While we increasingly recognise that risk assessment has strong social element, using this to decide what to prepare for is another matter altogether
This week the World Economic Forum (WEF) published their Global Risks Perception Survey, based on the input of more than 600 business, government and society leaders in the WEF network. The report scores the likelihood and potential impact of a range of global risks that could have a “significant negative impact” in the next decade. They found that, along with infectious diseases, climate risks were seen as posing the greatest threat.
In the short term, the knock-on effects of the pandemic – along with economic inertia, youth disenchantment and social cohesion were seen to be of greatest concern. So perhaps not surprisingly the pandemic has shaped the way businesses are thinking about risk.
But looking back into the WEF 2019 report, pandemics were not on the list of short-term concerns even though there is a whole section on the risk of them: in prescient words, the report stated: “The world is badly under-prepared for even modest biological threats.” Indeed, for years there have been plenty of warnings about the possibilities of pandemics and their devastating impact from people such as Bill Gates.
So while business leaders may have been aware of the risks, we could envisage that this was a somewhat abstract notion that did not make it onto the short term concerns (and therefore action). So why was this the case? Why were we so unprepared even when the risks were apparent?
Perhaps the answer lies in the way we evaluate risk. We are starting to see more clearly that the way in which we evaluate risk is highly social, rather than individualistic in nature. And this social process is important in shaping what we consider to be worth focusing on or ignoring.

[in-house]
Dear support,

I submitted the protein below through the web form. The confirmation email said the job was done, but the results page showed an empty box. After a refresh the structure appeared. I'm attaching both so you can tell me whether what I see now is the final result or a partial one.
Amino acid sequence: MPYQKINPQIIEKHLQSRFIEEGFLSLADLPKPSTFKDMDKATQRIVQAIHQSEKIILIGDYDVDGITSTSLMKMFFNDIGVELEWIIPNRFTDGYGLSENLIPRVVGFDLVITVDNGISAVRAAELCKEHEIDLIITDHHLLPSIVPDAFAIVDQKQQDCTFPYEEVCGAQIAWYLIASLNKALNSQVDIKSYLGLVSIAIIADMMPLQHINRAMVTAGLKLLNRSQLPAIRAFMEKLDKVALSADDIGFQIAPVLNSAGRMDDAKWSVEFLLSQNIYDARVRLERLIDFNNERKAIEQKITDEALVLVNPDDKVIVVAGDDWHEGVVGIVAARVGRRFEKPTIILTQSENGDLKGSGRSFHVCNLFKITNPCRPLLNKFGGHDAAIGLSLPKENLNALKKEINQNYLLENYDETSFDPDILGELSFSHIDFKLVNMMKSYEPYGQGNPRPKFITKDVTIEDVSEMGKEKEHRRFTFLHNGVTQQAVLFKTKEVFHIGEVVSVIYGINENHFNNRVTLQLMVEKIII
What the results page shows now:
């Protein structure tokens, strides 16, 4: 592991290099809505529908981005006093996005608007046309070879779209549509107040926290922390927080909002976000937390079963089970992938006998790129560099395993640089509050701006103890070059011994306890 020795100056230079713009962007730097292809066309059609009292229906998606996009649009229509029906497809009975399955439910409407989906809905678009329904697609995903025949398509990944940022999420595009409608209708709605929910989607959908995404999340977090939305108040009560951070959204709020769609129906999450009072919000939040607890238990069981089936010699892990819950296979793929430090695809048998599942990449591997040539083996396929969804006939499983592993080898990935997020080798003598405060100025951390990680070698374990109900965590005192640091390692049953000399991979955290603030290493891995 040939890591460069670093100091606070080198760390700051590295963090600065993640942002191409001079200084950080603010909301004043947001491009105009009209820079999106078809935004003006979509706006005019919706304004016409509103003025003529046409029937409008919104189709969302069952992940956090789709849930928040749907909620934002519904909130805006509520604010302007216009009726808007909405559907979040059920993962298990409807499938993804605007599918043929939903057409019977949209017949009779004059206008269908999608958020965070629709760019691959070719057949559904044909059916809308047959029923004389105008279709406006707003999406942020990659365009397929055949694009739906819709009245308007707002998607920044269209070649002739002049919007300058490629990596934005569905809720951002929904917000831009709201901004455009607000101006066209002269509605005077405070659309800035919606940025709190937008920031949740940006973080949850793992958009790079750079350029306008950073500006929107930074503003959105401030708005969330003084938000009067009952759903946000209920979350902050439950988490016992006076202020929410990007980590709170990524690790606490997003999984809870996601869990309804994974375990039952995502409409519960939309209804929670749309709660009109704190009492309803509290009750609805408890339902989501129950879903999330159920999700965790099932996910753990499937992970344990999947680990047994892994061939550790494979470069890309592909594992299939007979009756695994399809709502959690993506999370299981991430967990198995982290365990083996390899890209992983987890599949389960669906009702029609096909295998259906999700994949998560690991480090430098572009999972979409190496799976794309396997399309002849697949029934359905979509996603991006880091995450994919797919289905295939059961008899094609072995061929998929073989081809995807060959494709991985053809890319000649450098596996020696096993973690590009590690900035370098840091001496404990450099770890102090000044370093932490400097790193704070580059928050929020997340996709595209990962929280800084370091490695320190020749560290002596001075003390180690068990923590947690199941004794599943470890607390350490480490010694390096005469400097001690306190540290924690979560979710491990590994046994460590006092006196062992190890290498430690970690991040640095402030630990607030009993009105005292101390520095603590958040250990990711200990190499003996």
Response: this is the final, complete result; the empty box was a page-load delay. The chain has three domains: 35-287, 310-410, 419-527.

Social Amplification of Risk theory sets out these processes: First, mass and social media play an important role because they are typically our first point of contact with possible dangers – and, as we know, the media often chooses not simply to report expert knowledge of risk but to simplify and sensationalise it by creating debates about responsibility and blame.
From here, we see the emergence of an additional level of social influence via our own social networks – the web of relationships and interactions between people. As people like to self-select who they want to spend time with, people spend time with like-minded others so our beliefs reinforce each other.
This helps to explain how in 2019 we knew about the risks of a pandemic but did not take the steps necessary to prepare for it.
That our attitudes to risk are typically not based on rational and systematic evaluation of evidence is not unreasonable. Societies need a means of agreeing which risks we look at and which we choose to ignore: we have to operate with some degree of agreement of what we worry about.
But at the same time because we rely on a host of contextual and cultural factors to evaluate risk, we can be vulnerable to the over reliance relying on the concerns of others. At one end of this spectrum we then have we have aUK government minister who considered that we “have had enough of experts” and Kelley Conway’s take on ‘alternative facts’. On the other side we have conspiracy theorists who tend to question received wisdom but often using a range of knowledge that is generally considered to sit outside of what is permissible or substantive.
We cannot ignore these developments as important in the way social beliefs are formed. Indeed we can see these as markers of the way a battle is being fought in a very public about what constitutes legitimate knowledge, about what should worry about and what to ignore. Of course, at one level this is a welcome, inevitable and necessary part of life. But there is a danger that we fail to have a more informed debate about risk, so we are buffeted around by the vagaries of the social mechanisms to decide which risks we focus on, rather than the dull but necessary task of a more systematic approach.
It’s imperative to more carefully assess which of the many abstract, existential risks should translate into tangible action. We failed to do this for COVID and need to question if this was because there was a reliance on our collective beliefs about risk rather than any kind of considered assessment. Understanding that we collectively rely on a social process to evaluate risk is one thing, relying on this social process to decide what to prepare for is another all together.